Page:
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Photograph by Liza Head

I wonder how many people live in the very present moment, all the time? Or maybe even half the time? I wonder what the intensity of immediate experience would be if I could really be present in it. As it is, my life is a continuous transitioning from past to present to future to past. I am a time-traveler who’s lost their way.

Yesterday during service there was a picture of a Bible with a red, rustic ornamental design around the edges, and immediately I was taken back to the Cluny museum in Paris, thinking about the tapestries there (with similar ornate designs). When we were in France with a group from school I remember we traveled to a city with a famous cathedral and a huge, 70-meter long tapestry that we walked along with little tour-guide recorders, listening to the sing-song story-telling of a lady in French describe the battles and sieges depicted in the deep blue and red hues of the weave.

I also had the overbearing, yes, overbearing memory of a large, airy hall in the 14th arrondissement where an eucumenical group hosted a large exhibit of old and even ancient Bibles in different languages. There were booths and models of the Temple, educational material on the culture and history of those times. I had volunteered to help set up and organize the event. Maybe it was the city hall or something like that. The face of Claude, a kind, older woman who introduced me to the movement, came to me with impressive impact. For a few moments it was as if I had to catch my breath. This always happens when I recall something I haven’t thought of for a long time.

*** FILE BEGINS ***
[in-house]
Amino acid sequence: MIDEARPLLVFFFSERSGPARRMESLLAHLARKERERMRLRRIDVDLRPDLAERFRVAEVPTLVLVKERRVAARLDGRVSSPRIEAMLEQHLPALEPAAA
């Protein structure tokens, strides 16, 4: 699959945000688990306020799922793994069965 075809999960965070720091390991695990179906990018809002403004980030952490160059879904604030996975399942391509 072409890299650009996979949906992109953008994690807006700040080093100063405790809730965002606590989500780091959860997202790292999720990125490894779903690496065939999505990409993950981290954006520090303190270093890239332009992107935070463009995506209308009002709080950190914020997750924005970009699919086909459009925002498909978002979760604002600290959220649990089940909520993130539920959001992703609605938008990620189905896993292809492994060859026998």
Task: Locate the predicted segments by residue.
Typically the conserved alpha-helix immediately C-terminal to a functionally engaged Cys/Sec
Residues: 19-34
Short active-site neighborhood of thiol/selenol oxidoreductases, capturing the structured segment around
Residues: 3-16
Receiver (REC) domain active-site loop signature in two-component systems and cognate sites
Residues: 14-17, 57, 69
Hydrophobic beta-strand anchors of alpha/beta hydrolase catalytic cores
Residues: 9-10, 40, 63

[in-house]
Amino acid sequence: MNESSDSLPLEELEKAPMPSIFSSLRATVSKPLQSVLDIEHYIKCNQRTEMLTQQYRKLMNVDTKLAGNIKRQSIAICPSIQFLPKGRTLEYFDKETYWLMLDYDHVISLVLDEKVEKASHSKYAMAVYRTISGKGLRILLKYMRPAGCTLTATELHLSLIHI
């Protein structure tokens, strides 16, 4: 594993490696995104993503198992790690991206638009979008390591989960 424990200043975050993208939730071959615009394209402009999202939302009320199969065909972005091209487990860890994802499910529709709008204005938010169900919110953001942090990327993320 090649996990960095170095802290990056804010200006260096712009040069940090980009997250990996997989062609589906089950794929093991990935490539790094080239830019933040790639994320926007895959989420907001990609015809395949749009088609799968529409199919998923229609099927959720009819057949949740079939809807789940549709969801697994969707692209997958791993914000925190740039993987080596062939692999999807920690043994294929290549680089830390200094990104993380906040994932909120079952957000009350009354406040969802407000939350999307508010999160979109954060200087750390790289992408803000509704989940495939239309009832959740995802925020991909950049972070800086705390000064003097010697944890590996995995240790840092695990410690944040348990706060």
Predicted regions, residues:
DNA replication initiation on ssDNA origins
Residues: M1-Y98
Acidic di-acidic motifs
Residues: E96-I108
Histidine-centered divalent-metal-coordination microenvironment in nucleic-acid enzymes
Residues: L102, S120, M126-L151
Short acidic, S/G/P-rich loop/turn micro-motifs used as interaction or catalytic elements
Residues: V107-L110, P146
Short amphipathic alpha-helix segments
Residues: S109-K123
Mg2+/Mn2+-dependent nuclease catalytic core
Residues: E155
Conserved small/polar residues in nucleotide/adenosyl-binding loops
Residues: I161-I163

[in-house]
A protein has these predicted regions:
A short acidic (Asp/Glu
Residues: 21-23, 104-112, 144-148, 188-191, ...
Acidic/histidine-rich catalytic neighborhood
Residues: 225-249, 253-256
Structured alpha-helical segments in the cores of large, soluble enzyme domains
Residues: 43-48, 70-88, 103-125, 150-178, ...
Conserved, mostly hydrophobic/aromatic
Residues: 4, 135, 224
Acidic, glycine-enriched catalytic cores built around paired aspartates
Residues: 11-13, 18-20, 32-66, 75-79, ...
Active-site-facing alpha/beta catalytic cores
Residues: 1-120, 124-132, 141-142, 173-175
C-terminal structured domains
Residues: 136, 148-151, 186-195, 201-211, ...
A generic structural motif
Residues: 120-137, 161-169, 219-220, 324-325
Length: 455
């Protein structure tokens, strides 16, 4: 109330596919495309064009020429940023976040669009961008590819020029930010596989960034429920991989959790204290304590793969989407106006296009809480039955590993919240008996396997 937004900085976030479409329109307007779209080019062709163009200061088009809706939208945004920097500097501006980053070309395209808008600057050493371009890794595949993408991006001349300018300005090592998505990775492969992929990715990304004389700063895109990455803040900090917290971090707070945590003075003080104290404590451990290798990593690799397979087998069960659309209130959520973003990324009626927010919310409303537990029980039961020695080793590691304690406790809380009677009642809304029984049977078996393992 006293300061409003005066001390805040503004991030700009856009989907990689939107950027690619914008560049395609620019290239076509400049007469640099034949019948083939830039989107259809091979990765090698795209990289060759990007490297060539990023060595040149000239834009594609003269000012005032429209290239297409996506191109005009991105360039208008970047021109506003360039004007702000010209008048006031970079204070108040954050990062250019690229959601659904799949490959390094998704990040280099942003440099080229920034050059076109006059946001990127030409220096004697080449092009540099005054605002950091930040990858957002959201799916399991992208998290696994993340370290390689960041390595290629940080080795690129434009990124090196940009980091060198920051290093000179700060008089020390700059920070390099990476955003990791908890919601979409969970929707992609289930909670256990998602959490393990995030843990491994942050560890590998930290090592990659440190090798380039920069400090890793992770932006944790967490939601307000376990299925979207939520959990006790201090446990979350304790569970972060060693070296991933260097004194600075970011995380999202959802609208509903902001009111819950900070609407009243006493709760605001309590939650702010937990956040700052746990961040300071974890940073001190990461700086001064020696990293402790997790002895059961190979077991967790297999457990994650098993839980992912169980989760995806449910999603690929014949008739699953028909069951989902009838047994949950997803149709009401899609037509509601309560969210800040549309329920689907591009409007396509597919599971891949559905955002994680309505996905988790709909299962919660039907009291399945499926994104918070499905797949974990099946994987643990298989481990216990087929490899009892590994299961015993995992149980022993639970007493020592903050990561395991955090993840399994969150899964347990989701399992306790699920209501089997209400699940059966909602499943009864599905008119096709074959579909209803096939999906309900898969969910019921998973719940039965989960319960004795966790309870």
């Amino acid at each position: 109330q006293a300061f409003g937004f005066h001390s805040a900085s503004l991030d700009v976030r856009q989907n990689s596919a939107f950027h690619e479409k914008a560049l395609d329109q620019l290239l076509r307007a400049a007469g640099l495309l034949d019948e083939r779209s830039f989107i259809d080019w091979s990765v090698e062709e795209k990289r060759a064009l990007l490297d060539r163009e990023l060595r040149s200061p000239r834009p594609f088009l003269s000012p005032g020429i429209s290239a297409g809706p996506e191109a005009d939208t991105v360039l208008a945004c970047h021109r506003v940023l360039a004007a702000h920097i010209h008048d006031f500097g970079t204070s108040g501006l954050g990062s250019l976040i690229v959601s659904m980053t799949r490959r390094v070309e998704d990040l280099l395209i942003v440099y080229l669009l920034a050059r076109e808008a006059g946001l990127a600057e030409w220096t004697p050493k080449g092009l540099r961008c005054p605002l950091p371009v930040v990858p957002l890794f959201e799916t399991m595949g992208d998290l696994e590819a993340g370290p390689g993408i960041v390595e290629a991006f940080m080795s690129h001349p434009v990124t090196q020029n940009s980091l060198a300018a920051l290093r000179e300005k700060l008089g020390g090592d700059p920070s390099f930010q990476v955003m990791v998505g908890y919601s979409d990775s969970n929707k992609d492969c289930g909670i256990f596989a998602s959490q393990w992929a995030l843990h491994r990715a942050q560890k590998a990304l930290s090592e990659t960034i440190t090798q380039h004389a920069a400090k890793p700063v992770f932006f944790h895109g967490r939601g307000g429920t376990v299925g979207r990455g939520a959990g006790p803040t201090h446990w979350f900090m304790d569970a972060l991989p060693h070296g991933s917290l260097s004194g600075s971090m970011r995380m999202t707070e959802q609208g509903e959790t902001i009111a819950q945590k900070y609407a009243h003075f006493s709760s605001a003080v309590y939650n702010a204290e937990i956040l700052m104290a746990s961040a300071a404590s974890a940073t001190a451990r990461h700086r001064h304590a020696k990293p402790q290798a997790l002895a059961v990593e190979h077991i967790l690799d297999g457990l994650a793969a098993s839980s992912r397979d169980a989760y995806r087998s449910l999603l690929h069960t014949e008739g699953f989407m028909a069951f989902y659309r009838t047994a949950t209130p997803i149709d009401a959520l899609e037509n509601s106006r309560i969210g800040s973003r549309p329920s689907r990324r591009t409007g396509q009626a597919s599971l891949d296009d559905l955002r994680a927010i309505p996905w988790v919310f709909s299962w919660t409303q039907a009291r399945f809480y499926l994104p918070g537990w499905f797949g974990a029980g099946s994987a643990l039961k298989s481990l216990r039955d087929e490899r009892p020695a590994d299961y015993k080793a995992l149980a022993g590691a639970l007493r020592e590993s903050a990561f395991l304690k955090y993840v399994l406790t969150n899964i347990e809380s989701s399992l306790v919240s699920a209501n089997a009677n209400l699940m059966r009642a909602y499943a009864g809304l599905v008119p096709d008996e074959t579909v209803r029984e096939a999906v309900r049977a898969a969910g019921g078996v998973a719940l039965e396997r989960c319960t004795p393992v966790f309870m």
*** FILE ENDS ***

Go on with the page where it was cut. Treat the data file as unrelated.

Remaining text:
Now, a day later, I sit enveloped in the feelings not of that memory, but of my dream. My parents had invited several folks to visit, and due to logistical issues we all arrived on the same evening. There was an old friend of mine whom I met as an undergrad at UCSD. She was a graduate student TAing for one of my classes, and we’ve kept in touch, more or less, since. There was an even older friend, let’s call him Jamaal, whom I met in school and who played and continues to play a pivotal role in my life, though I have not spoken to him in many years. Last night before I went to sleep Greg and I had talked about the feel of black people’s hair, and my memories of Jamaal’s hair, its springy, pronounced softness, like thousands of micro-wires glowing with copper-colored energy, penetrated into the dream and through it, to now. As I slept we were trying to figure out the complex issue of who would sleep where. My parents were befuddled and slightly embarrassed, it was deep in the night that everyone arrived. My sister and her husband were there, also a colleague from work, Greg was there…and also a cat.

On my way to work, I listened to Yuri Shevchuk’s solo album that he recorded in Paris, called “L’Echoppe”.  I thought about how neat it would be to learn to play accordion. Also, about a duet song I want to record with a friend of mine who lives in New York and studies opera. I thought about autumn and winter in Russia, about Moscow and about that unsettling, ever-present sadness which trails after me like a pathetic (in the Greek sense of the word), miserable dog. I realized that the only thing that separates people that I consider “deep”, from those that are not so much is that underlying current of sorrow. As many wise men said, the more knowledge, the more grief. This I thought on my way to work.

And I do wonder, how it was that I did the waking and the feeding of progeny, the teeth-brushing and driving, and even the teacher-talking and child-instructing, while so much of me was not “in the present”. Rather, fluttering around it like a moth bobbing up and down on the heat waves of a candle. Maybe there’s nothing special about it…maybe that how everyone is.

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